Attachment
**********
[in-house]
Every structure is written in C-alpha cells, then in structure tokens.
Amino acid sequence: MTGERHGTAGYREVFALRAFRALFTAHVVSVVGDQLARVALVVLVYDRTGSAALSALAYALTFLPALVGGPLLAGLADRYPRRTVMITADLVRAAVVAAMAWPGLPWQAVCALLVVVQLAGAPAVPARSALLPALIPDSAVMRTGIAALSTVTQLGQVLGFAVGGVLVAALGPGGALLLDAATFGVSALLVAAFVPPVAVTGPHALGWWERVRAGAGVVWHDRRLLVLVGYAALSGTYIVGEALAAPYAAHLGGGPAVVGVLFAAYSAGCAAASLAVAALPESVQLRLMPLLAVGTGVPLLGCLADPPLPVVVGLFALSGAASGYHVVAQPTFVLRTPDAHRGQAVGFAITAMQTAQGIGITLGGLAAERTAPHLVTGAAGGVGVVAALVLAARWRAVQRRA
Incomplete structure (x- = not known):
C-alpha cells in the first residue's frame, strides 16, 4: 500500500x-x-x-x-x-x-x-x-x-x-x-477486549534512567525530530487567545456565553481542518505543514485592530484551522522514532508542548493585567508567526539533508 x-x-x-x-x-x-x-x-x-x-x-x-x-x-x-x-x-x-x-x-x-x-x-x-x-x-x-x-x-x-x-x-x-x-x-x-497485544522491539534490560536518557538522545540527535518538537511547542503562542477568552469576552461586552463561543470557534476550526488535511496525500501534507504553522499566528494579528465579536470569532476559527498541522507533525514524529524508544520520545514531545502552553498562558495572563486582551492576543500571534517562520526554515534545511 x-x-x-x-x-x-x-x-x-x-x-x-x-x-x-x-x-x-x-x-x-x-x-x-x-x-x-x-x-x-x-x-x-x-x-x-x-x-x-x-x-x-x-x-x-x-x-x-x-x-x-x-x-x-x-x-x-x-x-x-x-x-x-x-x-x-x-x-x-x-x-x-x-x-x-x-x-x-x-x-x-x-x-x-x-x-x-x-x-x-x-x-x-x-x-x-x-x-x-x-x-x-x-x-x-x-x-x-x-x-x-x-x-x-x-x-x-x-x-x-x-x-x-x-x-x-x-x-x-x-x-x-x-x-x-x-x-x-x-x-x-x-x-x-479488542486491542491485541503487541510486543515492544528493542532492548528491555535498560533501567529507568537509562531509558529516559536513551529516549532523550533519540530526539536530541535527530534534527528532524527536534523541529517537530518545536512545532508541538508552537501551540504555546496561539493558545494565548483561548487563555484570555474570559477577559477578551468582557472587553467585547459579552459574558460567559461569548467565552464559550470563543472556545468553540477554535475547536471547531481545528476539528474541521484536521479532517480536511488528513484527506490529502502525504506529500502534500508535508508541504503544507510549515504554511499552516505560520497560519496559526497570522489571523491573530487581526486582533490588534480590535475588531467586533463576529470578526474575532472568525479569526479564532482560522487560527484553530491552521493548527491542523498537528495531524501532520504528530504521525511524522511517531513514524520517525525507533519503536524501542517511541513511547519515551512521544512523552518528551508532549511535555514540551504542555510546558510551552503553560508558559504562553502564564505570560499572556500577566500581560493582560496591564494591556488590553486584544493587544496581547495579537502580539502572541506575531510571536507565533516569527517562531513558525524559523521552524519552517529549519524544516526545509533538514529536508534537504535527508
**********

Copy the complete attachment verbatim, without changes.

[in-house]
Every structure is written in C-alpha cells, then in structure tokens.
Amino acid sequence: MTGERHGTAGYREVFALRAFRALFTAHVVSVVGDQLARVALVVLVYDRTGSAALSALAYALTFLPALVGGPLLAGLADRYPRRTVMITADLVRAAVVAAMAWPGLPWQAVCALLVVVQLAGAPAVPARSALLPALIPDSAVMRTGIAALSTVTQLGQVLGFAVGGVLVAALGPGGALLLDAATFGVSALLVAAFVPPVAVTGPHALGWWERVRAGAGVVWHDRRLLVLVGYAALSGTYIVGEALAAPYAAHLGGGPAVVGVLFAAYSAGCAAASLAVAALPESVQLRLMPLLAVGTGVPLLGCLADPPLPVVVGLFALSGAASGYHVVAQPTFVLRTPDAHRGQAVGFAITAMQTAQGIGITLGGLAAERTAPHLVTGAAGGVGVVAALVLAARWRAVQRRA
Incomplete structure (x- = not known):
C-alpha cells in the first residue's frame, strides 16, 4: 500500500x-x-x-x-x-x-x-x-x-x-x-477486549534512567525530530487567545456565553481542518505543514485592530484551522522514532508542548493585567508567526539533508 x-x-x-x-x-x-x-x-x-x-x-x-x-x-x-x-x-x-x-x-x-x-x-x-x-x-x-x-x-x-x-x-x-x-x-x-497485544522491539534490560536518557538522545540527535518538537511547542503562542477568552469576552461586552463561543470557534476550526488535511496525500501534507504553522499566528494579528465579536470569532476559527498541522507533525514524529524508544520520545514531545502552553498562558495572563486582551492576543500571534517562520526554515534545511 x-x-x-x-x-x-x-x-x-x-x-x-x-x-x-x-x-x-x-x-x-x-x-x-x-x-x-x-x-x-x-x-x-x-x-x-x-x-x-x-x-x-x-x-x-x-x-x-x-x-x-x-x-x-x-x-x-x-x-x-x-x-x-x-x-x-x-x-x-x-x-x-x-x-x-x-x-x-x-x-x-x-x-x-x-x-x-x-x-x-x-x-x-x-x-x-x-x-x-x-x-x-x-x-x-x-x-x-x-x-x-x-x-x-x-x-x-x-x-x-x-x-x-x-x-x-x-x-x-x-x-x-x-x-x-x-x-x-x-x-x-x-x-x-479488542486491542491485541503487541510486543515492544528493542532492548528491555535498560533501567529507568537509562531509558529516559536513551529516549532523550533519540530526539536530541535527530534534527528532524527536534523541529517537530518545536512545532508541538508552537501551540504555546496561539493558545494565548483561548487563555484570555474570559477577559477578551468582557472587553467585547459579552459574558460567559461569548467565552464559550470563543472556545468553540477554535475547536471547531481545528476539528474541521484536521479532517480536511488528513484527506490529502502525504506529500502534500508535508508541504503544507510549515504554511499552516505560520497560519496559526497570522489571523491573530487581526486582533490588534480590535475588531467586533463576529470578526474575532472568525479569526479564532482560522487560527484553530491552521493548527491542523498537528495531524501532520504528530504521525511524522511517531513514524520517525525507533519503536524501542517511541513511547519515551512521544512523552518528551508532549511535555514540551504542555510546558510551552503553560508558559504562553502564564505570560499572556500577566500581560493582560496591564494591556488590553486584544493587544496581547495579537502580539502572541506575531510571536507565533516569527517562531513558525524559523521552524519552517529549519524544516526545509533538514529536508534537504535527508